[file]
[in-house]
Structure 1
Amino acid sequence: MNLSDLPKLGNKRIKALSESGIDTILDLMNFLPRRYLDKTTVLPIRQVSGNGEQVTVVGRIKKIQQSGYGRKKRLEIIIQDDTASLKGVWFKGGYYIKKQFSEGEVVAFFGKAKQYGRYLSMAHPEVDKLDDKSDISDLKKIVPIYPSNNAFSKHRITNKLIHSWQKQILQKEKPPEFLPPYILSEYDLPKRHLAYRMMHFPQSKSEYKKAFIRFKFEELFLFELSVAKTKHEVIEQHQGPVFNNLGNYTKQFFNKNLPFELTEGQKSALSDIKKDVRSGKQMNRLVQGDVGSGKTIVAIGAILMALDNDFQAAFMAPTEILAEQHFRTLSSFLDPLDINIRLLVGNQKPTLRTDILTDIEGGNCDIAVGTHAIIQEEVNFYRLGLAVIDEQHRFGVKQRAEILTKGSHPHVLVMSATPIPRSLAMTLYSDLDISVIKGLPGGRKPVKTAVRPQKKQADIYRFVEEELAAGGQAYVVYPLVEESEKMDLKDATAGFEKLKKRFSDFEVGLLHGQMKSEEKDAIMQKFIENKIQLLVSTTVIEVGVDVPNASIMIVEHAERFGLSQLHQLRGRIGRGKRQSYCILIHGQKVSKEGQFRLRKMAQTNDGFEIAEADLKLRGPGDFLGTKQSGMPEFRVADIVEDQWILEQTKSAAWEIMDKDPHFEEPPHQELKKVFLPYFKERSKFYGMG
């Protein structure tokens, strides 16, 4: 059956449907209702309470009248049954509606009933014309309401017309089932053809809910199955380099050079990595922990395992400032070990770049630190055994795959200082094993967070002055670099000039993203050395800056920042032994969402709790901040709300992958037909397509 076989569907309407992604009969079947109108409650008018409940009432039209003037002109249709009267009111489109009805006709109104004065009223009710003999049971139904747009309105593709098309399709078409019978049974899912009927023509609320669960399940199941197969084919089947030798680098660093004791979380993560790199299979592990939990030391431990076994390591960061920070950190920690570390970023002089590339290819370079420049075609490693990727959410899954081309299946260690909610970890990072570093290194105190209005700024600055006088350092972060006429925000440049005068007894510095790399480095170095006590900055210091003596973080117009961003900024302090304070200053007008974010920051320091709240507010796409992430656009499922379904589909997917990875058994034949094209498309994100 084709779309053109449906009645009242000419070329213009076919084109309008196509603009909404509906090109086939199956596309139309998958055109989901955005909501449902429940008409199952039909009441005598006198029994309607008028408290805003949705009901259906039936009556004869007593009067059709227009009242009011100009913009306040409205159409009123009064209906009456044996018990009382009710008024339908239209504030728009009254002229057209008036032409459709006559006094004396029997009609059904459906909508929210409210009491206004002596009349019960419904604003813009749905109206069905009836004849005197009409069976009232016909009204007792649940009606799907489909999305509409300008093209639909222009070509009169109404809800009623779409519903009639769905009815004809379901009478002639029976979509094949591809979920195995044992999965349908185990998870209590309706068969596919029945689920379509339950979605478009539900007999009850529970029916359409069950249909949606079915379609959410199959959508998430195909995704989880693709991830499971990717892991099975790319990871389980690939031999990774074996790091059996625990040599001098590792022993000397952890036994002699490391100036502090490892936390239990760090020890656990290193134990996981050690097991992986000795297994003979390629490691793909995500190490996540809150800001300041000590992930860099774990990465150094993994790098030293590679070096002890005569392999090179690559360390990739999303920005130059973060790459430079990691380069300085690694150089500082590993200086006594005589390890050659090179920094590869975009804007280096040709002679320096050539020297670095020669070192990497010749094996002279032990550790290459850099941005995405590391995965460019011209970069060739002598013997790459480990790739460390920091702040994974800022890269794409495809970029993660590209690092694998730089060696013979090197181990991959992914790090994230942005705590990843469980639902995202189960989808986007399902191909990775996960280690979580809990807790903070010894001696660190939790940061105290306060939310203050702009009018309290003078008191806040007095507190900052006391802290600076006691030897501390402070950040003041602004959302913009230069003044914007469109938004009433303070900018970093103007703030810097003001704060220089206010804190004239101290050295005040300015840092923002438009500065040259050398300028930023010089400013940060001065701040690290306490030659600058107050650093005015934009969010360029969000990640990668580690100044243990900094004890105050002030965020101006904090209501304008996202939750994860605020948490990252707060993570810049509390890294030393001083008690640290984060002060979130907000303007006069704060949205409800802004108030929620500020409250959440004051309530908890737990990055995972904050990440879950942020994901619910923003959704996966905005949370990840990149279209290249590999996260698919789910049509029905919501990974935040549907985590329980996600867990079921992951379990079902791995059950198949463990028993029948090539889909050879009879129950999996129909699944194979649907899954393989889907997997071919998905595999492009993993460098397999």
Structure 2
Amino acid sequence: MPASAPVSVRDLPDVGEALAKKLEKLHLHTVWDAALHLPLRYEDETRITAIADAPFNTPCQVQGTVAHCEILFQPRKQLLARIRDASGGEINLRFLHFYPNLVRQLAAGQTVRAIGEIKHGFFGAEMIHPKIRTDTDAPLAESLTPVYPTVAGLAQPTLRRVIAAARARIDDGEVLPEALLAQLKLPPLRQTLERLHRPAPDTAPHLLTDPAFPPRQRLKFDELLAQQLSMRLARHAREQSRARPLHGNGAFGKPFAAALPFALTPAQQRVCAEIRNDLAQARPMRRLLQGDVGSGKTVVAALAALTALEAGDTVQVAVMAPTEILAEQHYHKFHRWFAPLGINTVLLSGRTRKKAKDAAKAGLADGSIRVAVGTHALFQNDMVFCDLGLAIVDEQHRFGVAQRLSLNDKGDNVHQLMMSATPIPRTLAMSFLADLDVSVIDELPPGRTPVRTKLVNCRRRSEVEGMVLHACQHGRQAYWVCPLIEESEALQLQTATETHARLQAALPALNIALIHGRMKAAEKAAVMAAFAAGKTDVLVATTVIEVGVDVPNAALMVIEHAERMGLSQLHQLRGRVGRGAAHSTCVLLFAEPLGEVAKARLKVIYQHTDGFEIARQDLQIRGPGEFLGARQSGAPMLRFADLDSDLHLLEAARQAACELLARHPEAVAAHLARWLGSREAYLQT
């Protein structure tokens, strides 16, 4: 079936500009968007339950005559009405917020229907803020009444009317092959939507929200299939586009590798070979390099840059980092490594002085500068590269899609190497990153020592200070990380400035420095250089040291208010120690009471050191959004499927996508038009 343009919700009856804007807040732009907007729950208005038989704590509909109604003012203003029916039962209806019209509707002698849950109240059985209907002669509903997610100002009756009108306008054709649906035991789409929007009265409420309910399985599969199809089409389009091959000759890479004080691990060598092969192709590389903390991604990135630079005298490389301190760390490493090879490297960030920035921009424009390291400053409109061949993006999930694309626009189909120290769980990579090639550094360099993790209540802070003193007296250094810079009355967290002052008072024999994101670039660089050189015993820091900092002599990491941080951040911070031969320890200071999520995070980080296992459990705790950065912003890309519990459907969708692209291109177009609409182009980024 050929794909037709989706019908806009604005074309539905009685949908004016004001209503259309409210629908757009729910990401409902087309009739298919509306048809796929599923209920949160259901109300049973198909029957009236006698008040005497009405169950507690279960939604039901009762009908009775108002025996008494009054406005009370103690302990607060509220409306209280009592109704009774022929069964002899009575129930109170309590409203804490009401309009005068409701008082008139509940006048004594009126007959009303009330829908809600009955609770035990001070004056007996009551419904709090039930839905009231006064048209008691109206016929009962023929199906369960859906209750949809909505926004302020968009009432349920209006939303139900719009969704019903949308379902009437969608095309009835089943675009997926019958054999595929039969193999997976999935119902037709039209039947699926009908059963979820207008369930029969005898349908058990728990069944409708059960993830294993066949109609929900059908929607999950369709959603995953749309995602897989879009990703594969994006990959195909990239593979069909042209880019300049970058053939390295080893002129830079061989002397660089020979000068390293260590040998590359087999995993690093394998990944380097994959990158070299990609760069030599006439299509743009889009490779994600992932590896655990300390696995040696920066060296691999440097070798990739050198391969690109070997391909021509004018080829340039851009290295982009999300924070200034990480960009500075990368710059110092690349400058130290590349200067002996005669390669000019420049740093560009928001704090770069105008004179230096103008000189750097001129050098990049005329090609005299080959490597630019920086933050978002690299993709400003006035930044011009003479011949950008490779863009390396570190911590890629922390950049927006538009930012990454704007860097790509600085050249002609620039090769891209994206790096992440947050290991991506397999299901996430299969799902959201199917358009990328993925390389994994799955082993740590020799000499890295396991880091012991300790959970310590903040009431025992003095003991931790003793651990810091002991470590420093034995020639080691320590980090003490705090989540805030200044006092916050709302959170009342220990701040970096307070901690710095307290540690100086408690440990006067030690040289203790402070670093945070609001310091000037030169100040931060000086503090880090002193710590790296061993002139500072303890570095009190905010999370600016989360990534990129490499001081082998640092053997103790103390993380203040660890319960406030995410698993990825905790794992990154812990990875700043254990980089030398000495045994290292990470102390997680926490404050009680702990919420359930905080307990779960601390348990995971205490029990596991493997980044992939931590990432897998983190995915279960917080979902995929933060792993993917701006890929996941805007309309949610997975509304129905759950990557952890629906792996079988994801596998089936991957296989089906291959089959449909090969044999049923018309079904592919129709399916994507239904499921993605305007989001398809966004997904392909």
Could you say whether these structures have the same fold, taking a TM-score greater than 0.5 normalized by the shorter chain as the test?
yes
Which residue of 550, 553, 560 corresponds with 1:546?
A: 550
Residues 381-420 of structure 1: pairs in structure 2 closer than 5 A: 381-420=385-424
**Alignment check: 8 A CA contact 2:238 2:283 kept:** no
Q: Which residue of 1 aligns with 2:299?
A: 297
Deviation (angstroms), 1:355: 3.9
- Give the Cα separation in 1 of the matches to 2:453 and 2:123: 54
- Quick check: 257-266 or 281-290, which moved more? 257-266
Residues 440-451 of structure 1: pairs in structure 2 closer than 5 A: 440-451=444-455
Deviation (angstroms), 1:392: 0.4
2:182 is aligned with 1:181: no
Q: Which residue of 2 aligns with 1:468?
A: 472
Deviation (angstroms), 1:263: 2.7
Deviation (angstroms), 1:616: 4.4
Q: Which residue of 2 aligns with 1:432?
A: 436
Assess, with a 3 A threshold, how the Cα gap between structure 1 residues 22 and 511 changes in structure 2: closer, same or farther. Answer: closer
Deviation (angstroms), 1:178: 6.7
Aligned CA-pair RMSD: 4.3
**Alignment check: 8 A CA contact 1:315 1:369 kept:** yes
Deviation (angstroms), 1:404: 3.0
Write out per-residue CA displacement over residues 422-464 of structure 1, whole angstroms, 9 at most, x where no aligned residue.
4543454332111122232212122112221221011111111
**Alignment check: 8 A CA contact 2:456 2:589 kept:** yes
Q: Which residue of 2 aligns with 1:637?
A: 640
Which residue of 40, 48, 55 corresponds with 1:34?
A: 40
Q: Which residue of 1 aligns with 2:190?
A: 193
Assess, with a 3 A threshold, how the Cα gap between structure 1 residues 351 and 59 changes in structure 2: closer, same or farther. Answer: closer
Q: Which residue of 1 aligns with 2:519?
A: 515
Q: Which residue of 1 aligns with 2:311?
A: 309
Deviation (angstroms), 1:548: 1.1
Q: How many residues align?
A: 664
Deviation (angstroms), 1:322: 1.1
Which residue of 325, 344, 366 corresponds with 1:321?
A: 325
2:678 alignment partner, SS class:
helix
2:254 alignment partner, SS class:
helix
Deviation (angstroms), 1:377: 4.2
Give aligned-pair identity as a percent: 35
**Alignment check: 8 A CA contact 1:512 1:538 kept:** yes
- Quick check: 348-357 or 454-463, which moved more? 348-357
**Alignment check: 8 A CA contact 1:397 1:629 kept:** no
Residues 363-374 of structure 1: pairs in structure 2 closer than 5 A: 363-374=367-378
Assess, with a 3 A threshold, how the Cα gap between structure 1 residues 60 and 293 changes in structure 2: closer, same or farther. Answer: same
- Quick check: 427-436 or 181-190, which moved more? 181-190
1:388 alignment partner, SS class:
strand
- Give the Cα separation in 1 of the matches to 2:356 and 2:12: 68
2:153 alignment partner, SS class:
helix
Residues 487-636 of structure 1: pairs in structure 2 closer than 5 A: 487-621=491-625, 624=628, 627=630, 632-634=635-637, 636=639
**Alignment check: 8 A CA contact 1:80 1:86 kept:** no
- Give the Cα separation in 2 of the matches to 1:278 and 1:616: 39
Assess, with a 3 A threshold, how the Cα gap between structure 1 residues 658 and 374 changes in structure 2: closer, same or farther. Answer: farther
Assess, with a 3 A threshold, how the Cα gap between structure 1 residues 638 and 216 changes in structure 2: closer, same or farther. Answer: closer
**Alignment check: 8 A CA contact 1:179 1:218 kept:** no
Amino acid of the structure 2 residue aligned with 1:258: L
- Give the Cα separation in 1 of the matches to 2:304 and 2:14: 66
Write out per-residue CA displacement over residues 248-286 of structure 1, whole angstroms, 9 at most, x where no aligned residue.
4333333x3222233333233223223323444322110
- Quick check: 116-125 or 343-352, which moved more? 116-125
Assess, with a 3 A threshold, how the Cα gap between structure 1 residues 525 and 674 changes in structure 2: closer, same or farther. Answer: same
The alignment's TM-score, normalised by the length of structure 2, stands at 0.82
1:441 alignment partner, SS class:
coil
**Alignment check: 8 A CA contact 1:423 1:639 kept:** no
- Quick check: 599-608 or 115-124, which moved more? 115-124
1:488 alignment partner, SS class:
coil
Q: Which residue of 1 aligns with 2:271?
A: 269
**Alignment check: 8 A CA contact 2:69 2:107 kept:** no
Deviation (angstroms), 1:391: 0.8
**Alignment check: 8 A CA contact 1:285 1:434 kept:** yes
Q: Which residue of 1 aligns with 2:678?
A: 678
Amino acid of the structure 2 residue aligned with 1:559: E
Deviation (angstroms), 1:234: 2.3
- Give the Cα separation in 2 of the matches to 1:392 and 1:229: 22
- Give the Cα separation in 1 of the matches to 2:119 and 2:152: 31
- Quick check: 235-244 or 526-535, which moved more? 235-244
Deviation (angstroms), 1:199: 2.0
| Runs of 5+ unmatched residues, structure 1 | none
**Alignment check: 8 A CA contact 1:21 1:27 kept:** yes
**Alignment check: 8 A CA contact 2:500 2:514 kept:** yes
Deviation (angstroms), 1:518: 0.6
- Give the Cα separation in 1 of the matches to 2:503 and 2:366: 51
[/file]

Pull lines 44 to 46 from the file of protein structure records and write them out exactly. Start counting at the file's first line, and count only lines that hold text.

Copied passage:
A: 515
Q: Which residue of 1 aligns with 2:311?
A: 309